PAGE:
ATLANTA — Metro Atlanta is preparing for another blast of cold weather and below freezing temperatures.
Preparing for the cold doesn't come naturally in Atlanta, so here is some useful information to help you prepare, courtesy of the Centers for Disease Control and Prevention.
The CDC recommends having an alternate way to heat your home in case the power goes out including a fireplace or kerosene heater. You can conserve heat by avoiding any unnecessary opening of doors and by closing off unneeded rooms.
Other items to have handy:
- flashlight or battery powered lantern
- battery powered radio
- non-electric can opener
- rock salt
We're likely to see more cold weather, so you have time to prepare your home for the next arctic blast.
- Have your chimney inspected and flue cleaned
- Install a smoke detector and carbon monoxide detector
- Insulate any water lines along exterior walls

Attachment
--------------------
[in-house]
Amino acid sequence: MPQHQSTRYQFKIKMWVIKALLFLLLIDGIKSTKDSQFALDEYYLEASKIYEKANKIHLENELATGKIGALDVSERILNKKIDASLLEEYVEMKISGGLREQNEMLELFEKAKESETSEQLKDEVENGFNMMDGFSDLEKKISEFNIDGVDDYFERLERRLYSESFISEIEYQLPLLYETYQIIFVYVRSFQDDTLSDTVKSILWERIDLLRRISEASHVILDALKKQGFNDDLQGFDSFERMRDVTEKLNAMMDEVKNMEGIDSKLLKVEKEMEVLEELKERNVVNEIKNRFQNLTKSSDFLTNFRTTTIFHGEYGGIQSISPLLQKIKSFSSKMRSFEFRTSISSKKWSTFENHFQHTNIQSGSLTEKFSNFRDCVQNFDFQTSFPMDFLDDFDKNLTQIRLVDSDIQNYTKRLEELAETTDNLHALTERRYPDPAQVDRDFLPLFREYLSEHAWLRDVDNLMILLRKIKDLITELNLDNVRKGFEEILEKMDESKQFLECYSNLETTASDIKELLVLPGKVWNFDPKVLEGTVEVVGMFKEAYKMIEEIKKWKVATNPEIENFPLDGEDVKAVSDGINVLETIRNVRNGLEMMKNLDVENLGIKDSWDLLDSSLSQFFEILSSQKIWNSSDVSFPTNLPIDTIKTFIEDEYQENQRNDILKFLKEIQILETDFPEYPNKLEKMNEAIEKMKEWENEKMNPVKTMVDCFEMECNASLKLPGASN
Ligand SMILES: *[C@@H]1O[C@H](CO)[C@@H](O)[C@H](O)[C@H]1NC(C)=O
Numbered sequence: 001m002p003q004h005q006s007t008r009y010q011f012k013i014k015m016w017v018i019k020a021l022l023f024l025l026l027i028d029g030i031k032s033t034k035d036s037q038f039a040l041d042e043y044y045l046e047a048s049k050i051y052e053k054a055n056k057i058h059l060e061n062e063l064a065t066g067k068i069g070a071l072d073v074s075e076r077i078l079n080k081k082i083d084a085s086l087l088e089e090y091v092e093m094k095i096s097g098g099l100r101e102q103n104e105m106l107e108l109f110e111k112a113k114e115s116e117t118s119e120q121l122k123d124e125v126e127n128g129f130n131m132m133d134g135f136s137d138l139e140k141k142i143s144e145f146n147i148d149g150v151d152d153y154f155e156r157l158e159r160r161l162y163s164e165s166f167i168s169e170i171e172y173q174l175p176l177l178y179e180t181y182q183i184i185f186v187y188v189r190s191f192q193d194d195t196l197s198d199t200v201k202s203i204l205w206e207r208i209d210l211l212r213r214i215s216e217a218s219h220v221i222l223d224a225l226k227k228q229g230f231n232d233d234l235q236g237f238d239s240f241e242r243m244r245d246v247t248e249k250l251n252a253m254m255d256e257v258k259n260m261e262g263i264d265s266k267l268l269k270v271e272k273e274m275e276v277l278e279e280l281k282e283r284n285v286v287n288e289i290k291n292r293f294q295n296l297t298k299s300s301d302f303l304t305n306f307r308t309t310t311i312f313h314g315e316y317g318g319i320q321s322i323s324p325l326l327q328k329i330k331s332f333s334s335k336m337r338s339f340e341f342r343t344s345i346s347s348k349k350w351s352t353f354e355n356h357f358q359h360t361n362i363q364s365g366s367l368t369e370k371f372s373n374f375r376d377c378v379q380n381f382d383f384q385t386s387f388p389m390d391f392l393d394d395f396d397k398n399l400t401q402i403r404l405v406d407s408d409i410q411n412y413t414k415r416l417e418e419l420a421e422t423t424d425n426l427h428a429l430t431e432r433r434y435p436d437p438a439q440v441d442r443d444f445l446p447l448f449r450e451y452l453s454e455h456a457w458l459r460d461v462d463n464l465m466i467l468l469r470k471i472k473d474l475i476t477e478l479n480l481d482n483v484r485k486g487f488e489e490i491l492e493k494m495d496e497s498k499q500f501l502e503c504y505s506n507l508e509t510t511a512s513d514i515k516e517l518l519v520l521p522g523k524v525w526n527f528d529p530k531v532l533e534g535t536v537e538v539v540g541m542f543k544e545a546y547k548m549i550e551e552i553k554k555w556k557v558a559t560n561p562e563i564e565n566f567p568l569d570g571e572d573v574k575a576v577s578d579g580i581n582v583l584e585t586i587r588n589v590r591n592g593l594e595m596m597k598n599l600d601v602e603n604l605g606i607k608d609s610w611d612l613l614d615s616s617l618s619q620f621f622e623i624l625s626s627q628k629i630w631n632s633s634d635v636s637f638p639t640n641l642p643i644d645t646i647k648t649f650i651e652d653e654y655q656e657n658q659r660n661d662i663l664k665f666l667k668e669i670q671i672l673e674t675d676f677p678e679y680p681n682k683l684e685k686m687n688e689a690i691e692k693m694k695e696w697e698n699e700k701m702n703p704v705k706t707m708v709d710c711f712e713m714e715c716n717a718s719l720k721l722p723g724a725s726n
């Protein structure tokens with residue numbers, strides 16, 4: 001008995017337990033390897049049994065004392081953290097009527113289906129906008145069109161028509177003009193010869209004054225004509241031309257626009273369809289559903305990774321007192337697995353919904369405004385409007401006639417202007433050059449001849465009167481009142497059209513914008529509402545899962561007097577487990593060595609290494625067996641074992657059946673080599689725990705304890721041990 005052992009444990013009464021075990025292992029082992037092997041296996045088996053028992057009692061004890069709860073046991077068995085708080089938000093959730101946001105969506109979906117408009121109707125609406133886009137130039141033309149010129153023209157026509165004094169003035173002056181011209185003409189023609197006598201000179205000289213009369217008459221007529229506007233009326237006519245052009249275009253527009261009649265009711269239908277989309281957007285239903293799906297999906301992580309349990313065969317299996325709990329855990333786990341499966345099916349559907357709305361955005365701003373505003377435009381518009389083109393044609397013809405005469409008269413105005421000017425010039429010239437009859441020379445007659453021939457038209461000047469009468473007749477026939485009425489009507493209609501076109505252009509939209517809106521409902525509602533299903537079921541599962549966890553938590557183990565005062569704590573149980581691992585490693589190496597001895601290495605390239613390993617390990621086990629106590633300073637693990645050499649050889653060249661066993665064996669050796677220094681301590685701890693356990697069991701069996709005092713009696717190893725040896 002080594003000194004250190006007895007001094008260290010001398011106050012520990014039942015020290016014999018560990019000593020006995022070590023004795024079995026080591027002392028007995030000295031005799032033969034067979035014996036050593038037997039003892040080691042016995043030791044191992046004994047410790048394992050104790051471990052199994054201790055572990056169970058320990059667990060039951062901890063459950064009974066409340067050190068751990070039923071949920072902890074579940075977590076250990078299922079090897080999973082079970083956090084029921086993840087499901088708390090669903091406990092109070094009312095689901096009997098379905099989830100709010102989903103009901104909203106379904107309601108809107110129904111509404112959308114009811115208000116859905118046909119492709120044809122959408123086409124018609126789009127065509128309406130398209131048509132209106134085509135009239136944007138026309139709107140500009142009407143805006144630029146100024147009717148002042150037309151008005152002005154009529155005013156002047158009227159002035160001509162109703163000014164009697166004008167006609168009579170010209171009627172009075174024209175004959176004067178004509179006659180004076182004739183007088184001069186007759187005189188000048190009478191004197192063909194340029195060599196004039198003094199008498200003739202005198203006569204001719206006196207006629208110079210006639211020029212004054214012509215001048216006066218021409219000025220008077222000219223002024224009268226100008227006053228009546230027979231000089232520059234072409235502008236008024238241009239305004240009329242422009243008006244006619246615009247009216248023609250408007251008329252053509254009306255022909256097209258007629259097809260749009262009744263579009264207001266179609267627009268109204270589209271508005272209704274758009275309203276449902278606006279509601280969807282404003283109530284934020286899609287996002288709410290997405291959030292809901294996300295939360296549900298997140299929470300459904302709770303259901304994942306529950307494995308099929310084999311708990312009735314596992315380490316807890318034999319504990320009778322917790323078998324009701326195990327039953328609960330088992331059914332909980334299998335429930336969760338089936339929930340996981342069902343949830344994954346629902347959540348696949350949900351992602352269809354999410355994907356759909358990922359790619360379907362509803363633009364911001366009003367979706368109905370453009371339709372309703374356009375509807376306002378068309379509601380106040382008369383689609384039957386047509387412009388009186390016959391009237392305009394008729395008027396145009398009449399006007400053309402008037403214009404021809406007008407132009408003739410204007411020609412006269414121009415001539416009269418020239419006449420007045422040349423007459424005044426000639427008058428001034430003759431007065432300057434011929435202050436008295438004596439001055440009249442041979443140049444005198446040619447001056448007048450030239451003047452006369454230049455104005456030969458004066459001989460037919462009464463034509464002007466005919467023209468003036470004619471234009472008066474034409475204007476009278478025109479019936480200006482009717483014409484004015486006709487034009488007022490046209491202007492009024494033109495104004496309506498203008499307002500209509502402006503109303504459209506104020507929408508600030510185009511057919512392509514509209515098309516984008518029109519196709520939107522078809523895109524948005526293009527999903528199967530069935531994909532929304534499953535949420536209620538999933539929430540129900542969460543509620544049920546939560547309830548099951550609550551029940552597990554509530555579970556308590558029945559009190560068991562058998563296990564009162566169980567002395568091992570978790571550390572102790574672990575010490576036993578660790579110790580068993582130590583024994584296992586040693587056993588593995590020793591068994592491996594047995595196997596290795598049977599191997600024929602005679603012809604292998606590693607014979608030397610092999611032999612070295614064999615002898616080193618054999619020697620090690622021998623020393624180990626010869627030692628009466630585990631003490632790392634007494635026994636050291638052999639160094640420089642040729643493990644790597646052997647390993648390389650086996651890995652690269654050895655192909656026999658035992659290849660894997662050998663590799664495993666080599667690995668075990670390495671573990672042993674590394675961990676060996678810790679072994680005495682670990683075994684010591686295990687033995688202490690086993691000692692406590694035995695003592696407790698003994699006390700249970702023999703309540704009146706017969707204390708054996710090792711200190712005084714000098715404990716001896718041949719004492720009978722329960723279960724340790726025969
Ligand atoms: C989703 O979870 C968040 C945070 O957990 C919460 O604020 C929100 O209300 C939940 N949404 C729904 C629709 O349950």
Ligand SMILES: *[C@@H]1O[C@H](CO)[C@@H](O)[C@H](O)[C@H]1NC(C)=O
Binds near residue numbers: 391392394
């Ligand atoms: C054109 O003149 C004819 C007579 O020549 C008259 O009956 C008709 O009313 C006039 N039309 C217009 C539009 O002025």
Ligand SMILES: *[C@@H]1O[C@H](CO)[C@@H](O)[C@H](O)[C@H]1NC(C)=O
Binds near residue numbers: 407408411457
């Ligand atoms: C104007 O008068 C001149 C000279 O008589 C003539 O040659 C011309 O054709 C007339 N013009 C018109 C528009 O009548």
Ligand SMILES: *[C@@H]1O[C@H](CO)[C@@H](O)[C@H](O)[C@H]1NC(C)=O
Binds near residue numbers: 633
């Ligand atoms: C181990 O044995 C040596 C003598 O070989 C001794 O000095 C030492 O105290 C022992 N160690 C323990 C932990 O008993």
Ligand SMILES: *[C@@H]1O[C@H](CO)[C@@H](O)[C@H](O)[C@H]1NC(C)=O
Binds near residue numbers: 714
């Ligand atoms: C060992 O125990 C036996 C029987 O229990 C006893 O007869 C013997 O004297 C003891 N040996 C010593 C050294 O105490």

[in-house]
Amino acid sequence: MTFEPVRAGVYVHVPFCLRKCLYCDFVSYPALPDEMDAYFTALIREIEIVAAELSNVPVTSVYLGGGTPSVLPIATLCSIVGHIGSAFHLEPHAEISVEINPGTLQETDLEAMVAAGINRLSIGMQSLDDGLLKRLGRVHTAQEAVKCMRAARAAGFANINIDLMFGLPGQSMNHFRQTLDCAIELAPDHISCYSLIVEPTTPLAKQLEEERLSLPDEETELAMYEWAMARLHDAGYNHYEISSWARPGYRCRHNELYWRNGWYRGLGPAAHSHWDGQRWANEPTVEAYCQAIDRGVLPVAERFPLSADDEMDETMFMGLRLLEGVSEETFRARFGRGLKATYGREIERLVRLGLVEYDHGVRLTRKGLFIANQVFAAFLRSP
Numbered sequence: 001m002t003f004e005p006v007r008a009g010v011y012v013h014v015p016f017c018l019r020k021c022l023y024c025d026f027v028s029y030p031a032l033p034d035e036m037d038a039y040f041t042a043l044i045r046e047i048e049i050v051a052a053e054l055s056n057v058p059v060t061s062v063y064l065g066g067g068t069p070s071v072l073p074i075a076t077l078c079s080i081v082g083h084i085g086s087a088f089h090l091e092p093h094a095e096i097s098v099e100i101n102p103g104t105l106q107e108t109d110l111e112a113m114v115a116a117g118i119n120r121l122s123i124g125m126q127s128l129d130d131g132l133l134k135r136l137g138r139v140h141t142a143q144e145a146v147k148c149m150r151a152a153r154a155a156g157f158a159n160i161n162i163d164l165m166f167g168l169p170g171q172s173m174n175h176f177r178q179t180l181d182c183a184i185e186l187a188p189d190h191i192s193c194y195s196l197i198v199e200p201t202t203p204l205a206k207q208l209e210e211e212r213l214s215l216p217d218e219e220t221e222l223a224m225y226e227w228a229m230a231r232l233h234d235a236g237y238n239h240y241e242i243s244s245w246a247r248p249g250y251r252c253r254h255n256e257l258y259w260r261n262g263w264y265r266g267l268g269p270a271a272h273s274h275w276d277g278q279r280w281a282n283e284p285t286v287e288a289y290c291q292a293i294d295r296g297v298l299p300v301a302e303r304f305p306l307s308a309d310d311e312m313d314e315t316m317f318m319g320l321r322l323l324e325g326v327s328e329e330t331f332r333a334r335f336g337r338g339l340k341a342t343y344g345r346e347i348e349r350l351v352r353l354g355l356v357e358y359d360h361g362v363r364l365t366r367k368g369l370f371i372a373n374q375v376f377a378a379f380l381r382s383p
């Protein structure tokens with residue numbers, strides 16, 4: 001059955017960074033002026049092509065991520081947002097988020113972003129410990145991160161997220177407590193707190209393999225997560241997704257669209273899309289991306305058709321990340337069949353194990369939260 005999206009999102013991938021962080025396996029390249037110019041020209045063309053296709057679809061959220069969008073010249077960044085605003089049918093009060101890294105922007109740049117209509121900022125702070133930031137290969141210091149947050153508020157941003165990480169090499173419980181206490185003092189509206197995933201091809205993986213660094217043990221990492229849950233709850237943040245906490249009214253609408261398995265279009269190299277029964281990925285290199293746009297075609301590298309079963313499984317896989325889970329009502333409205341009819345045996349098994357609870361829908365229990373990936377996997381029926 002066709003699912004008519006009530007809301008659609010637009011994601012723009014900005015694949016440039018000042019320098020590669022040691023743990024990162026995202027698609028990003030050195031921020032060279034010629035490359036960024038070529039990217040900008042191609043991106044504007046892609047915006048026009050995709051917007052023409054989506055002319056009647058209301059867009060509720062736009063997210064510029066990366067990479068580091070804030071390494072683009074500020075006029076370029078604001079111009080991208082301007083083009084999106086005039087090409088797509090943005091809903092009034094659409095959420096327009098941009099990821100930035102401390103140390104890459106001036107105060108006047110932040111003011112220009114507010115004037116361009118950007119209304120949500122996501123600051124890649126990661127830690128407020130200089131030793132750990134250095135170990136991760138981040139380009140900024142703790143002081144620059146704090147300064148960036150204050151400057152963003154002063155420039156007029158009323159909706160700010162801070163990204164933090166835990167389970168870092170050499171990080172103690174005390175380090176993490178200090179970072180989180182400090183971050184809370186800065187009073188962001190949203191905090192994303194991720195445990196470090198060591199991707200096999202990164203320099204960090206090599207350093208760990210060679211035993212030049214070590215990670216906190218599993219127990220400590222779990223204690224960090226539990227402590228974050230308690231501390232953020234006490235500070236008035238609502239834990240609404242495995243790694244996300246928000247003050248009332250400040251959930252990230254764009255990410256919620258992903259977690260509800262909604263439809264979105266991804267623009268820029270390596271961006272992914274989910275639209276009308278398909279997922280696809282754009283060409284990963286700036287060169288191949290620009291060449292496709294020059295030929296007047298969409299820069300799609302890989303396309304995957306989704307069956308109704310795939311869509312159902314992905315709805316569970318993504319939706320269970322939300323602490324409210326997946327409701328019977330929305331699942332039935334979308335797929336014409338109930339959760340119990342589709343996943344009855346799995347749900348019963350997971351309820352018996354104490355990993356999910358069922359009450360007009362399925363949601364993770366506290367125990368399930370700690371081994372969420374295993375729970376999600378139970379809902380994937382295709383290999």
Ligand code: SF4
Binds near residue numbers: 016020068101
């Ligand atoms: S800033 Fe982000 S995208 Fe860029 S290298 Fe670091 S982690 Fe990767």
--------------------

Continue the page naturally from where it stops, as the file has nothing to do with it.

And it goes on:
- Add weather stripping and insulate doors and windows
- Provide adequate shelter for pets if they are outside
There's always a danger of ice when temperatures drop. The CDC recommends taking the following steps with your car.
- Have the radiator serviced
- Replace windshield washer fluid with a wintertime mixture
- Replace any worn tires; check tire pressure
- Keep your gas tank near full to avoid ice in the fuel lines
- Equip your car with blanks, booster cables, a bag of sand, a tire repair kit and a flashlight.
When temperatures drop into the single digits, especially if there are high winds, make your outdoor trips as brief as possible.
- Wear a hat, scarf, sleeves that are snug at the wrist and mittens (they're warmer than gloves.)
- Wool, silk and polypropylene will hold more heat as an inner layer of clothing.
- Caffeinated and alcoholic beverages can cause your body to lose heat more rapidly.
- Infants lose body heat more easily than adults. They cannot make body heat by shivering.
- Hypothermia can even happen at temperatures near 40 degrees if the person is chilled from rain or sweat.
- Frostbite is caused by freezing of tissue. The risk is higher for people with reduced blood circulation. Immerse the affected area in warm, not hot, water.
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